Collective Solidarity, Marital Rape, and Jaywalking

This article aims to critically analyze how the law can function in a manner that affects “collective solidarity” in connection to Emile Durkheim’s theory. I shall begin by explaining collective solidarity and connect it to Durkheim’s theory, then provide two contemporary examples (marital rape law in Canada, and the recent (2013) jaywalking crackdown in Vancouver, B.C., Canada) in order to help critically analyze the law in connection to collective solidarity.

Collective solidarity seems to refer to a group of individuals (society) that group together from common responsibilities (“collective”, “solidarity”, n.d.). In George Pavlich’s chapter titled “Durkheim Socializes the Law,” Pavlich applies Emile Durkheim’s theory to the subject of ‘law and society’. Durkheim does not explicitly use the term ‘collective solidarity’ but he does use a similar term, ‘social solidarity’. Social solidarity refers to the cohesion that holds society together (Pavlich, 2011). According to Durkheim, social solidarity is a moral phenomena, therefore it cannot be directly measured, but social solidarity can be measured indirectly through the law (Larsen, 2013).

Durkheim asserts that law functions in a manner that can be empirically measured to represent social solidarity, since the law reaffirms a society’s norms and values (Pavlich, 2011). For instance, in Canada prior to 1983, it was legal for a person to rape their spouse (marital rape), which changed in 1983 (Koshan, 2010). In this example, according to Durkheim’s theory, he would assert that the current ‘collective conscious’ (society’s norms and values) believes rape, even with one’s spouse, is immoral; while, prior to 1983, the collective conscious did not believe that raping one’s spouse was immoral. The point being that society’s norms and values are represented through the law, so in order to understand these norms and values one can measure the laws and functions of the law. By reaffirming these norms and values, Durkheim believes, the law functions in a way that can promote collective solidarity.

I believe there are two main elements for how the law functions in a manner that affects collective solidarity: codification of the law, and discretionary powers derived from the law. The codification of the law refers to the language of the laws; the written laws themselves. This form connects to the marital rape law example, which (since 1983) is written in a manner that promotes collective solidarity (bonding people through common responsibilities): everyone’s desire for safety and well-being, and everyone’s responsibility to not harm others. The latter element, discretionary powers that derive from the law, connects to the persons that impose the law, for example judges, police officers, and border guards all have discretionary powers.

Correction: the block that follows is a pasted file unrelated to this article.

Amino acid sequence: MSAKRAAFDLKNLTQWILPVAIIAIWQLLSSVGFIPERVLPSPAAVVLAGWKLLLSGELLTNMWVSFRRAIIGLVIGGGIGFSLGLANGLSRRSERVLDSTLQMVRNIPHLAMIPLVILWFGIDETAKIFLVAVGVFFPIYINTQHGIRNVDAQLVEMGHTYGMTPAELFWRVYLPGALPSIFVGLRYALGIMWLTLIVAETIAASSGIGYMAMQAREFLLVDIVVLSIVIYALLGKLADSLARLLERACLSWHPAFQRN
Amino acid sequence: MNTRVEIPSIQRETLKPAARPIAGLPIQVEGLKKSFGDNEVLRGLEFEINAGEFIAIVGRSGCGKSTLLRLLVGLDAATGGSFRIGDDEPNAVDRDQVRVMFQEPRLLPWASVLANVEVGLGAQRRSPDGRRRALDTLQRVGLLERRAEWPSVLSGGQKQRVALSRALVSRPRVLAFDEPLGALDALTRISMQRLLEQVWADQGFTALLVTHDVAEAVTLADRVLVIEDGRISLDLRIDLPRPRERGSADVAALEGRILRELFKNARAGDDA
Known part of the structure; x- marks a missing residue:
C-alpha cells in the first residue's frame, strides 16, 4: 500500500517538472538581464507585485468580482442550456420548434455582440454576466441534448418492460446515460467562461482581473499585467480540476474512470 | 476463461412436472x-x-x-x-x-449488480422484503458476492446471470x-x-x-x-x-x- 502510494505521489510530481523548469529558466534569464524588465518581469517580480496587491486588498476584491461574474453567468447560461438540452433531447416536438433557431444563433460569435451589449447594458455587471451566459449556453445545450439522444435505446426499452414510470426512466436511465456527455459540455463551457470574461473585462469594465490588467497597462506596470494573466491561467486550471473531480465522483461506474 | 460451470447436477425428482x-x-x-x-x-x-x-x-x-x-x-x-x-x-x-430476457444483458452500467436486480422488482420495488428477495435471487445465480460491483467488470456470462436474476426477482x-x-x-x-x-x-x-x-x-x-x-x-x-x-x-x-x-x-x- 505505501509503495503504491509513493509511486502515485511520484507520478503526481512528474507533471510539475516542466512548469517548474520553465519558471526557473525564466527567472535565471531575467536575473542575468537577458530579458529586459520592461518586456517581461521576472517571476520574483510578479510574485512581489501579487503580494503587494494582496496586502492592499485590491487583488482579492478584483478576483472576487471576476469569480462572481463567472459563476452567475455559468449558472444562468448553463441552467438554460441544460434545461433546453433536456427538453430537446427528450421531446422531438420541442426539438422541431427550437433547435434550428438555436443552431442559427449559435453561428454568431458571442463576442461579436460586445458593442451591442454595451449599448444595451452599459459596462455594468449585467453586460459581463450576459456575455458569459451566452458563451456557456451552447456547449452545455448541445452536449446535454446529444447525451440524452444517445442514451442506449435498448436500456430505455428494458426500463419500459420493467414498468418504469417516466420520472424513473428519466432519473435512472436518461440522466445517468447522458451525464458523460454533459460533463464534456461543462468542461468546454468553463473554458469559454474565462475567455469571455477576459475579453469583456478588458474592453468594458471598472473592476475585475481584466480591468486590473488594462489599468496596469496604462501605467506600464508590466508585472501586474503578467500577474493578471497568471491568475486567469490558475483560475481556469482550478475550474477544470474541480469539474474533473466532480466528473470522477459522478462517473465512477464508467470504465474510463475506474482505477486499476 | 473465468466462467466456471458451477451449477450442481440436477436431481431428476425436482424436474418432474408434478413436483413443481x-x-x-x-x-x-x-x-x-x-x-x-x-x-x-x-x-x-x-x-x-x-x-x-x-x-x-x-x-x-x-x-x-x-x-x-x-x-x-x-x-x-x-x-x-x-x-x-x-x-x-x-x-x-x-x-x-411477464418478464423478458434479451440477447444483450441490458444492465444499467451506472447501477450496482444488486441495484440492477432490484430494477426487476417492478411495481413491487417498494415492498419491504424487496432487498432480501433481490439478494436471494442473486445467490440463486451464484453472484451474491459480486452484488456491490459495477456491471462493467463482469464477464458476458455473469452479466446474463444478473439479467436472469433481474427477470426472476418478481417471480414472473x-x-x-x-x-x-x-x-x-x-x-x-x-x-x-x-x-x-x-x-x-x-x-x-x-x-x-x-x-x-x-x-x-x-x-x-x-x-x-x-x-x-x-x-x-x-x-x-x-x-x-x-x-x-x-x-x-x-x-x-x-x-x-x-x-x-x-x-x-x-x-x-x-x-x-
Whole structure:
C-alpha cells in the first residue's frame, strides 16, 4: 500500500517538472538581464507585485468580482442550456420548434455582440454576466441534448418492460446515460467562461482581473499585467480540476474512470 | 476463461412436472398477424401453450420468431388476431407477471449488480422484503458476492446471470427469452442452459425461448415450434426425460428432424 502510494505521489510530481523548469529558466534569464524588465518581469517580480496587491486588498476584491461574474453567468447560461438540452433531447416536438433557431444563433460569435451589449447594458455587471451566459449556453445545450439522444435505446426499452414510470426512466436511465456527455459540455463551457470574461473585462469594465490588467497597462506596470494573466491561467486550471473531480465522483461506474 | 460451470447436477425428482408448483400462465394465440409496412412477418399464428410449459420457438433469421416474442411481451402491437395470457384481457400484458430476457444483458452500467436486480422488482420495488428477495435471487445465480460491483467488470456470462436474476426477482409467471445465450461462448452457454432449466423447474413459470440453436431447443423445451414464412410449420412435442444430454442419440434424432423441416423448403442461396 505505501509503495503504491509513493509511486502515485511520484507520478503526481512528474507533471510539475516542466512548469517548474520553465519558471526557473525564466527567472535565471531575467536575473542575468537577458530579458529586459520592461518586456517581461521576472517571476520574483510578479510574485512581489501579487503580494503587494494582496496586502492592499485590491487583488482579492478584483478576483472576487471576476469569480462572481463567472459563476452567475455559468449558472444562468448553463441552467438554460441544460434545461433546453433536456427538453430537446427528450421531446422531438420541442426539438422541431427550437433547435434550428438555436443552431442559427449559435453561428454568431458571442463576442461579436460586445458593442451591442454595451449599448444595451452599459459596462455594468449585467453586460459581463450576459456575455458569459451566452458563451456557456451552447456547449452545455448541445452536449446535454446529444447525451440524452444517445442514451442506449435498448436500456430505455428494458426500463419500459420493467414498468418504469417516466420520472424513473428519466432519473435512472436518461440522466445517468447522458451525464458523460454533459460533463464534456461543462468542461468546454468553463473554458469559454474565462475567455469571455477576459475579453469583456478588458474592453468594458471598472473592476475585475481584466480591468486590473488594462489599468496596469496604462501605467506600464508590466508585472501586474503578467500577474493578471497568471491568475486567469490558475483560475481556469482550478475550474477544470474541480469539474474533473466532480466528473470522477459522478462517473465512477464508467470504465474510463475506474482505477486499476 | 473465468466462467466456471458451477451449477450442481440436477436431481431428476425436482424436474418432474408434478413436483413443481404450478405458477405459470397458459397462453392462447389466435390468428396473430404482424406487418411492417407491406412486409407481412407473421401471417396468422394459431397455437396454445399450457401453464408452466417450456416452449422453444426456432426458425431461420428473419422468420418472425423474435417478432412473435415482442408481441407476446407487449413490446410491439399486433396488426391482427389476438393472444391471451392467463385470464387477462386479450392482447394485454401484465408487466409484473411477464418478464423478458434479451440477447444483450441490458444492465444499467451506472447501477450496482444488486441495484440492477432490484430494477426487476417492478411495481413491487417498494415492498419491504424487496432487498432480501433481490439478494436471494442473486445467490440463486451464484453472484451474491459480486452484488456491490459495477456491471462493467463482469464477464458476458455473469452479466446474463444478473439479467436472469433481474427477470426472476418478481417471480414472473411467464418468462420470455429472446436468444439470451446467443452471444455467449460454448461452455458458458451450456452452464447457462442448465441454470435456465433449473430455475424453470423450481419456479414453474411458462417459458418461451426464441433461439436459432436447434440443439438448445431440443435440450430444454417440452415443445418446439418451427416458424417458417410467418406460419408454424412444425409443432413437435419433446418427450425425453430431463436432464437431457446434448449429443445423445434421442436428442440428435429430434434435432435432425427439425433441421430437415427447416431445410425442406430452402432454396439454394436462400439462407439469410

The discretionary powers element is more problematic than the codified element, since the codified element is susceptible to more scrutiny because it is openly available to everyone. In addition the codified laws have more checks and balances in place (e.g. the legislative process and the Canadian Charter of Fundamental Rights and Freedoms) that help ensure laws are written in a fair and just manner. On the other hand, discretionary powers are less susceptible to public scrutiny, and more susceptible to subjectivity; individual judgments and biases. For instance, a judge may favor certain litigating/mitigating factors in a case, or a police officer may stereotype a person (based on class, age, race, gender, etc.). In both cases, these subjective factors can affect a person’s judgment whether to act and how to act in different circumstances.

In the marital rape law example, the law functions in a manner that promoted collective solidarity, however the law does not always function in a positive manner, rather there are instances in which the law functions in a manner that stifles or prevents collective solidarity. An example of the law functioning in a manner that prevents collective solidarity is the recent rise in jaywalking tickets to persons on the downtown eastside of Vancouver, B.C., Canada (DTES). Vancouver police officers have significantly increased fines to persons on the DTES which largely affects persons that most often walk through the area, whom are predominantly persons of low socioeconomic status (Lazaruk, 2013 & Downtown Eastside Ticketing, 2013). The DTES has a high rate of pedestrian connected accidents, which is partly due to a high number of jaywalkers (Lazaruk, 2013 & Downtown Eastside Ticketing, 2013). However, the DTES also has a high number of motor vehicle violations, typically speeders, since few people follow the 30 km/h speed limit. Both acts are enforceable by law, yet the focus has been on jaywalkers. In this example, the discretionary power (Vancouver police officers) is targeting these walkers, while (largely) ignoring drivers in the same area.

In this case, all persons have a common responsibility, public safety, yet one group is being targeted and another ignored. Thus, the law is functioning in a manner that prevents collective solidarity, since the targeted group cannot feel connected to the rest even though both groups have similar responsibilities. From this I believe Durkheim is correct in believing that the law functions in a manner that affects collective solidarity, but as exemplified the effect is not always positive.

Bibliography

Collective. (n.d.). In Merriam-Webster’s online dictionary (11th ed.). Retrieved from www.merriam-webster.com/dictionary/collective.

Downtown Eastside Ticketing By Vancouver Police Slammed in Complaint. (2013, September 17). The Huffington Post. Retrieved from http://www.huffingtonpost.ca/2013/09/17/downtown-eastside-ticketing_n_3941343.html